Snow. I conclude that it’s entirely impossible to be indifferent to it. Either you welcome it with excitement and anticipation, or you see it as a burden and a hazard. Winter weather has an effect on all of us, it’s just a question of which direction it pushes you. Here in Madras, where we are going on two weeks of continuous cold temperatures and massive but sporadic snowfall, my only regret (other than the lateness of this winter activity) is the time spent repeatedly shoveling the driveway, though even that is a blessing as it provides physical activity in the outdoors, which I’ve found is a needed element in my life regardless of the season and conditions. Though one of my most favorite outdoor activities, splitting firewood, is challenging at the moment (all the logs are buried under two feet of snow), shoveling snow is a somewhat satisfying substitute, as it not only gets the blood flowing and the mind working (I’m a very methodical shoveler), but it also possesses the novelty of being quite seasonal, which I have found always adds a pleasure to tasks of that nature.
In addition to the effort required to clear the driveway, create and recreate paths to the chicken coop, woodpile, compost, etc., I have had the pleasure of getting out several times for some cross-country skiing this winter. Except for the childhood thrills of extreme sledding, snow-fort building, once-a-year ice-skating, and occasional epic snowball fights, I’ve never really participated in winter sports. This year I really felt the urge to get out and try something new, so I dusted off my dad’s old Fischers, watched some videos on nordic ski technique, and proceeded to frustrate myself continually with my inability to pick up the skills. Several shaky attempts later, I’m happy to say I’ve acquired the necessary experience to get by with the Classic technique, outdated and rustic though it is compared to the more popular Skate Ski technique, which isn’t quite achievable with forty-year-old skis and boots. It’s been a fun adventure, and another blessed reason to venture out and celebrate the distinctness of the season.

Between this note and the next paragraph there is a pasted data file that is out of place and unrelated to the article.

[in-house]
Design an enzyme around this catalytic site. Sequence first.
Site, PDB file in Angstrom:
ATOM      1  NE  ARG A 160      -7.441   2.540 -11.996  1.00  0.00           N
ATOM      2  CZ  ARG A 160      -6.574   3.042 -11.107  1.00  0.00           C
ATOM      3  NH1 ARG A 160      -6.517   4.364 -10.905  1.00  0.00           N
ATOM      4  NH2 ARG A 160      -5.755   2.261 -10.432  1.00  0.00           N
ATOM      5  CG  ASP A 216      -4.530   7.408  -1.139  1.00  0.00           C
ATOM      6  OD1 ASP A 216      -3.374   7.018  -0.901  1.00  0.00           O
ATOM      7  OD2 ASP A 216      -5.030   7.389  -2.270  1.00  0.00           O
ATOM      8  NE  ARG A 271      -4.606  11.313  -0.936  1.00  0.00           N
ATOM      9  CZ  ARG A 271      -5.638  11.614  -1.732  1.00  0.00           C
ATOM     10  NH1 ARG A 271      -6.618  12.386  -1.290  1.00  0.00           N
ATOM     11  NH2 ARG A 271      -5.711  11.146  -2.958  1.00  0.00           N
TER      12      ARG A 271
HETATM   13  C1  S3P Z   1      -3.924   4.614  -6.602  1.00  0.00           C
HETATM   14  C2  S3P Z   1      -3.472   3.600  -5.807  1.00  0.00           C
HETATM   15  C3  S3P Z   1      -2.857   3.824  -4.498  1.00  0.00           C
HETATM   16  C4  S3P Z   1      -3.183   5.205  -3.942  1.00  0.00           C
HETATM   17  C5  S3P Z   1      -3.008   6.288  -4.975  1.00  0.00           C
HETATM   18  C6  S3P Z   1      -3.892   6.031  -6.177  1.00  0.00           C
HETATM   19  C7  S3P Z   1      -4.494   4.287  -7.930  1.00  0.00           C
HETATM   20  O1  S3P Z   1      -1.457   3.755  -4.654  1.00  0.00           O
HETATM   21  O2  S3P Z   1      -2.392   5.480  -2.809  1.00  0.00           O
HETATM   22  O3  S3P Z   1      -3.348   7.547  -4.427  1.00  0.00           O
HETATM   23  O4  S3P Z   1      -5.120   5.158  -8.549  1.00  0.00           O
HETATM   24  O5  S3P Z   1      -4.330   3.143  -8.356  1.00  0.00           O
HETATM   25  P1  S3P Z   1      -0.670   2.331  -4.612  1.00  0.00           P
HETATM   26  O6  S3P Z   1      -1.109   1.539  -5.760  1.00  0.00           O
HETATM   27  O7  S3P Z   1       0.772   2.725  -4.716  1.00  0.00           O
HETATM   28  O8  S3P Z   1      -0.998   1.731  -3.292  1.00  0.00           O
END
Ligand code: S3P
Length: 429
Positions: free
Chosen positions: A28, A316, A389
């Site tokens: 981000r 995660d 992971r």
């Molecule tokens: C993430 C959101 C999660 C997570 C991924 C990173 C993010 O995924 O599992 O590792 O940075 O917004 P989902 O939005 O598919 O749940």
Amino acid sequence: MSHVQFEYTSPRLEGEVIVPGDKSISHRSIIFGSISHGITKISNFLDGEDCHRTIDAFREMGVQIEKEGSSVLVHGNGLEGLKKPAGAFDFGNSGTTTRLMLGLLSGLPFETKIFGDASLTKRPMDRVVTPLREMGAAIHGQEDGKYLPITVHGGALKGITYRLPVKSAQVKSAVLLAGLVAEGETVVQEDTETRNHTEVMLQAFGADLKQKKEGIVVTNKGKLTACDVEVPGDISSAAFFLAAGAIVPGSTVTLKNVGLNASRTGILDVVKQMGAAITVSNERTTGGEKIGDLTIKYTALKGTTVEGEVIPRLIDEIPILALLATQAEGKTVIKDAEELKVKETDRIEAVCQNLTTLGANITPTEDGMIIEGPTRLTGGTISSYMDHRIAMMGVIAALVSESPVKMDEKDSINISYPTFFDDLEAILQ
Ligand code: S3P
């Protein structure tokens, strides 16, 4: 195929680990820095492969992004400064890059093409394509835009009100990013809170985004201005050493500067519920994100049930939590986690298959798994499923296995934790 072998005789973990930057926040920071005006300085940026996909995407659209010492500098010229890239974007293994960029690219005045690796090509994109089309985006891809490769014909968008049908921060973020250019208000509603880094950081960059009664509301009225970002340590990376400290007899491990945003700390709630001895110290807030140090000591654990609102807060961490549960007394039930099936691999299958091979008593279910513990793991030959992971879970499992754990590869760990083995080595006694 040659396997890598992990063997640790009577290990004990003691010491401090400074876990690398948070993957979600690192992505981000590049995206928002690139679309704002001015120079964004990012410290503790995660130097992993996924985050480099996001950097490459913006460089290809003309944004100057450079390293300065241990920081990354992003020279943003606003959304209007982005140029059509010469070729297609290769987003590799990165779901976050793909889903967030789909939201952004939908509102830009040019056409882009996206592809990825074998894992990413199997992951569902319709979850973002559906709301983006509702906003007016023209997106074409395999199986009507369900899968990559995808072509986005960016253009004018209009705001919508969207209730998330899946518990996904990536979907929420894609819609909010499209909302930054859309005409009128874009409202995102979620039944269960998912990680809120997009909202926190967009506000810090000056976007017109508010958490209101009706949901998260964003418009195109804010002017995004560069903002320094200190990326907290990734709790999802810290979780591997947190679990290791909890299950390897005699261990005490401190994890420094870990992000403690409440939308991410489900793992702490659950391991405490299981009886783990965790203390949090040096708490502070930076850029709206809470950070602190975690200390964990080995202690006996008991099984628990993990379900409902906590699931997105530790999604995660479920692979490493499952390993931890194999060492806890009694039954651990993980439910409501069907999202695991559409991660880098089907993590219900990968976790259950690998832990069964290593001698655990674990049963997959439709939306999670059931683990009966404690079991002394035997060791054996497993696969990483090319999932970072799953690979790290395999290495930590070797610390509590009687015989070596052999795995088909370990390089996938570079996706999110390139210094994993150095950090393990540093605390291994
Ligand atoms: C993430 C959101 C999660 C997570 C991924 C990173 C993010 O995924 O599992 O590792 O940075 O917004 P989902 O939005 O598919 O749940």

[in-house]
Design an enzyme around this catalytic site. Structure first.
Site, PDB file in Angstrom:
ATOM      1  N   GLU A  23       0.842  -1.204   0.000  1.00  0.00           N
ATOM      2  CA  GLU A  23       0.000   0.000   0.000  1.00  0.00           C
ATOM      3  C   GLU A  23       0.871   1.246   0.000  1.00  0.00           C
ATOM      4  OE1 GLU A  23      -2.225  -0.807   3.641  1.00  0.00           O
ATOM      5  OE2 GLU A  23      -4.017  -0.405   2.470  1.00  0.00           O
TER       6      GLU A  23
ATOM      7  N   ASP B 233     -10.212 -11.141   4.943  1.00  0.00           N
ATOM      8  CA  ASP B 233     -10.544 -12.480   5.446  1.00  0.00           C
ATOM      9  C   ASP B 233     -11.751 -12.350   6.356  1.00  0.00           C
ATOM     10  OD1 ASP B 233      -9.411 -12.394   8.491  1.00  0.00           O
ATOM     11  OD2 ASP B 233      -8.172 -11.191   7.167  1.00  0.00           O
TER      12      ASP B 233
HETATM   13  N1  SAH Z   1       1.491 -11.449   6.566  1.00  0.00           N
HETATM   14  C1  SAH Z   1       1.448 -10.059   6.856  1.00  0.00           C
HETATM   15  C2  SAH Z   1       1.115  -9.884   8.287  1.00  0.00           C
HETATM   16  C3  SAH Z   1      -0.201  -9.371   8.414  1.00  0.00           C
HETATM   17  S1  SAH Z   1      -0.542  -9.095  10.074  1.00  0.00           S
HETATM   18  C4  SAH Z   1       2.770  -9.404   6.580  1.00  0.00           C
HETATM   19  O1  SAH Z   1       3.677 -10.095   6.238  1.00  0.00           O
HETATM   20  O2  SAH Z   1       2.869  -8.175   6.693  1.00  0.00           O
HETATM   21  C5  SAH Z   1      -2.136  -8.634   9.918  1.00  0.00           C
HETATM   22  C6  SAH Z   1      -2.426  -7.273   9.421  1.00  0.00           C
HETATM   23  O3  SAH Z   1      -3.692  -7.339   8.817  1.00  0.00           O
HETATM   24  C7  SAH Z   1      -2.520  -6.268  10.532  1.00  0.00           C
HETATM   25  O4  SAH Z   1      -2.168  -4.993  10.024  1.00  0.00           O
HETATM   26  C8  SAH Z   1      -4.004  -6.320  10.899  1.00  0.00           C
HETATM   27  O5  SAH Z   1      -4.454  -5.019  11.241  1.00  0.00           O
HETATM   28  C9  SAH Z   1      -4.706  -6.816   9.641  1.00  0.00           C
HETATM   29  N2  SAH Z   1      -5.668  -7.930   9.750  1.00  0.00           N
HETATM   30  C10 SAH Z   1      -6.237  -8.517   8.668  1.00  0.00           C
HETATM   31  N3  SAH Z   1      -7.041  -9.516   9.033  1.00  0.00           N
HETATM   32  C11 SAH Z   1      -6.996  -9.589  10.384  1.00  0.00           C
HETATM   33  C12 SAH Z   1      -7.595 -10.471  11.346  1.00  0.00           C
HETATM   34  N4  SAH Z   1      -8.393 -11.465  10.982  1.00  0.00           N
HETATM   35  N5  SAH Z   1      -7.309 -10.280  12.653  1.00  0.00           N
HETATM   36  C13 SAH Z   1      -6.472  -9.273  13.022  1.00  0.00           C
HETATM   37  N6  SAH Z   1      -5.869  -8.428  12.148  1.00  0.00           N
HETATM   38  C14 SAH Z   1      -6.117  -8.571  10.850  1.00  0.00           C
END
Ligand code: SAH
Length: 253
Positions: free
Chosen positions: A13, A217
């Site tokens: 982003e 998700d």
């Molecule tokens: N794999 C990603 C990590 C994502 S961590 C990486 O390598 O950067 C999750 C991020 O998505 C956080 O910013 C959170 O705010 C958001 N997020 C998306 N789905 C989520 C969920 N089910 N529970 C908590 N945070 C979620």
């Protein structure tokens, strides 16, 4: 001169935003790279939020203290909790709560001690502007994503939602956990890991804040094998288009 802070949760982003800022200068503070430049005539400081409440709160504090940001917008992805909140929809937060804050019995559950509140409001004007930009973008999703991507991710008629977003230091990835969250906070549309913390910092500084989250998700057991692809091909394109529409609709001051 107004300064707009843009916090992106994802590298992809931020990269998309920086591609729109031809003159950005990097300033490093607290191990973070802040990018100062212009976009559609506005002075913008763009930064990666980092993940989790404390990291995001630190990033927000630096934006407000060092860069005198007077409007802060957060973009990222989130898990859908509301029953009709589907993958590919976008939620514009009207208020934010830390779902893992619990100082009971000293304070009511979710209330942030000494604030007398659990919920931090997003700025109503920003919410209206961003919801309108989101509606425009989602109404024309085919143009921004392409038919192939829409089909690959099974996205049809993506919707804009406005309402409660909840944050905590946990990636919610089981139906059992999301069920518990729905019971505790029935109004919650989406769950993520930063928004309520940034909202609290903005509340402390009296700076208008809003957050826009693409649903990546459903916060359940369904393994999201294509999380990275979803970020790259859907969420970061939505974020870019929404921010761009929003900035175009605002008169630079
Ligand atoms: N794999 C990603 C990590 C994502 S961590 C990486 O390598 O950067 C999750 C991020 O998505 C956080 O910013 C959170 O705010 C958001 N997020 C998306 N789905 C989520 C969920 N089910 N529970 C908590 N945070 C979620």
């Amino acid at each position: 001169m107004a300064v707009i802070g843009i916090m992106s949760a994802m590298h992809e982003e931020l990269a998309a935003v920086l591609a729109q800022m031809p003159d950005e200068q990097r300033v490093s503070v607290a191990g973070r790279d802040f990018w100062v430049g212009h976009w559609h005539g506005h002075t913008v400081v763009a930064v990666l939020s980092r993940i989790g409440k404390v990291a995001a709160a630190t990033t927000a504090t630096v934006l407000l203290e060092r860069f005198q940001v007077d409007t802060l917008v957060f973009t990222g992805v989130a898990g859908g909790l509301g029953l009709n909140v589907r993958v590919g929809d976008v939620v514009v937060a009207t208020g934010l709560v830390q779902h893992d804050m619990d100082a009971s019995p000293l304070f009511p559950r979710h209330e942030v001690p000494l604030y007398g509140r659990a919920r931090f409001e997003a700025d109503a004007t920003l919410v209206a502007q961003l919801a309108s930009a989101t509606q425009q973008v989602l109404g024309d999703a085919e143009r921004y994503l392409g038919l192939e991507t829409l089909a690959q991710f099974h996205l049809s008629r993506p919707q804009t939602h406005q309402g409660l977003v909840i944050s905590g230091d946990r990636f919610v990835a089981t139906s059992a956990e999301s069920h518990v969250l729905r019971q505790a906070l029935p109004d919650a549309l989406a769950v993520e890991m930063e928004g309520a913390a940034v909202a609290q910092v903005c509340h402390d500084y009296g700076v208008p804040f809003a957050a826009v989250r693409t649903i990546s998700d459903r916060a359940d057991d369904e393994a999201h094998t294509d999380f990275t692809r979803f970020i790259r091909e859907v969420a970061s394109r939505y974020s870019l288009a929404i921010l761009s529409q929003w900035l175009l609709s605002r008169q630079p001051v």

When not enjoying rigorous activity in the great outdoors, I find winter to be an excellent time to drink tea and hot chocolate, read books, make music, undertake wood-working projects, roast meat, bake bread, cook soups, and overall enjoy the coziness and blessing of having a roof over my head. It’s also been exciting to have more time to invest in my studies, and the possibility of wrapping up my Graduate degree in just over a year from now motivates me to rekindle and renew my love of reading, writing, and exploring the depths of knowledge. Assuming others relate to this, I definitely go through spurts of motivation and excitement, and it’s always helpful when that drive coincides with spare time in which to engage the pursuit. Not working the past few months has also helped give me the time to focus on coursework, reminding me of the time before I had a job and school was my primary concern. Though this is a temporary state, It’s fun to hold it in balance with other seasons of life, and to be thankful for a variety of rhythms and seasons.
But perhaps the biggest highlight of this season for me has been the presence of the screech owl that took up residence in one of our many nest-boxes earlier this winter. I first noticed him (we’re calling it a male based on size and conspicuousness) just after Christmas while running our dogs in the backyard. While Rudi (the biggest of our pack) marked his territory on a stout juniper tree, my gaze wandered ten feet up to the nest-box we erected many years ago in the hope of attracting resident raptors. (A similar sized box in our juniper snag has been used by Kestrels five years in a row, with four to five young falcons emerging from it every summer.) I was astonished to see the impassive gray face of a western screech owl gazing down at the dog and me, as the owl seemed in no way perturbed by our close proximity. It has been over two months now that our screech owl can be reliably seen gazing out of his box in the late afternoon and evening, preparatory to heading out on his nightly forays. Though we see no indication that he has a mate, it is our great hope as we move into the breeding season that he and an unseen female will indeed stick around through the spring months, lay their eggs and rear their young in our nest-box. The excitement of welcoming wildlife to our yard has no greater rewards than knowing we’ve provided a place where new critters can be born and welcomed into this world. Stay tuned!